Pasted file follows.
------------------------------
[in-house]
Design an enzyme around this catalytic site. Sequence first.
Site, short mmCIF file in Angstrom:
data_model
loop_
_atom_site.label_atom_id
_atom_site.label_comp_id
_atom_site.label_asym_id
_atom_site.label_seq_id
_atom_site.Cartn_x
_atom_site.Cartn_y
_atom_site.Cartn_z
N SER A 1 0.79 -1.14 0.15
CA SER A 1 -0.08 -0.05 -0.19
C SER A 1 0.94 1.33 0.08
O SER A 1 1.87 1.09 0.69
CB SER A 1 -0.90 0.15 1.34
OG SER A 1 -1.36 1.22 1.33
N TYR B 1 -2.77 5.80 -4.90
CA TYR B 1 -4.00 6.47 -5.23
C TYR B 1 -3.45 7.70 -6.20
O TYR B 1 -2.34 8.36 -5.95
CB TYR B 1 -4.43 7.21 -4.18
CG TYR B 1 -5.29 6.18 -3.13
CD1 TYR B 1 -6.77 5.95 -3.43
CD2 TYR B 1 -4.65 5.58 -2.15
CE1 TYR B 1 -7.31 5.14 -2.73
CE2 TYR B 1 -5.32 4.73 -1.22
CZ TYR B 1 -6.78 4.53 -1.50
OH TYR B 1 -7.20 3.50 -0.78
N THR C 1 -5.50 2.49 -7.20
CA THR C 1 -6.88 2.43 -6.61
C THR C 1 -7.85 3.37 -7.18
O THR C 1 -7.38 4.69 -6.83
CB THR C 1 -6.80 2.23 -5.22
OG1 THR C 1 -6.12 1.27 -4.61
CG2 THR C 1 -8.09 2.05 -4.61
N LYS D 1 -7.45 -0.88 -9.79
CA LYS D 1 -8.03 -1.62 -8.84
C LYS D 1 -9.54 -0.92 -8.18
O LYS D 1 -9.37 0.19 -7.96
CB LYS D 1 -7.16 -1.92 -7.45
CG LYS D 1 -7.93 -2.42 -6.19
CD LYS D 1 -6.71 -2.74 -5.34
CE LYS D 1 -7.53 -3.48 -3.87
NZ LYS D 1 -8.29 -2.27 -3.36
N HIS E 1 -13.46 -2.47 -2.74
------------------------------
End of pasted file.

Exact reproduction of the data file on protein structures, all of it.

[in-house]
Design an enzyme around this catalytic site. Sequence first.
Site, short mmCIF file in Angstrom:
data_model
loop_
_atom_site.label_atom_id
_atom_site.label_comp_id
_atom_site.label_asym_id
_atom_site.label_seq_id
_atom_site.Cartn_x
_atom_site.Cartn_y
_atom_site.Cartn_z
N SER A 1 0.79 -1.14 0.15
CA SER A 1 -0.08 -0.05 -0.19
C SER A 1 0.94 1.33 0.08
O SER A 1 1.87 1.09 0.69
CB SER A 1 -0.90 0.15 1.34
OG SER A 1 -1.36 1.22 1.33
N TYR B 1 -2.77 5.80 -4.90
CA TYR B 1 -4.00 6.47 -5.23
C TYR B 1 -3.45 7.70 -6.20
O TYR B 1 -2.34 8.36 -5.95
CB TYR B 1 -4.43 7.21 -4.18
CG TYR B 1 -5.29 6.18 -3.13
CD1 TYR B 1 -6.77 5.95 -3.43
CD2 TYR B 1 -4.65 5.58 -2.15
CE1 TYR B 1 -7.31 5.14 -2.73
CE2 TYR B 1 -5.32 4.73 -1.22
CZ TYR B 1 -6.78 4.53 -1.50
OH TYR B 1 -7.20 3.50 -0.78
N THR C 1 -5.50 2.49 -7.20
CA THR C 1 -6.88 2.43 -6.61
C THR C 1 -7.85 3.37 -7.18
O THR C 1 -7.38 4.69 -6.83
CB THR C 1 -6.80 2.23 -5.22
OG1 THR C 1 -6.12 1.27 -4.61
CG2 THR C 1 -8.09 2.05 -4.61
N LYS D 1 -7.45 -0.88 -9.79
CA LYS D 1 -8.03 -1.62 -8.84
C LYS D 1 -9.54 -0.92 -8.18
O LYS D 1 -9.37 0.19 -7.96
CB LYS D 1 -7.16 -1.92 -7.45
CG LYS D 1 -7.93 -2.42 -6.19
CD LYS D 1 -6.71 -2.74 -5.34
CE LYS D 1 -7.53 -3.48 -3.87
NZ LYS D 1 -8.29 -2.27 -3.36
N HIS E 1 -13.46 -2.47 -2.74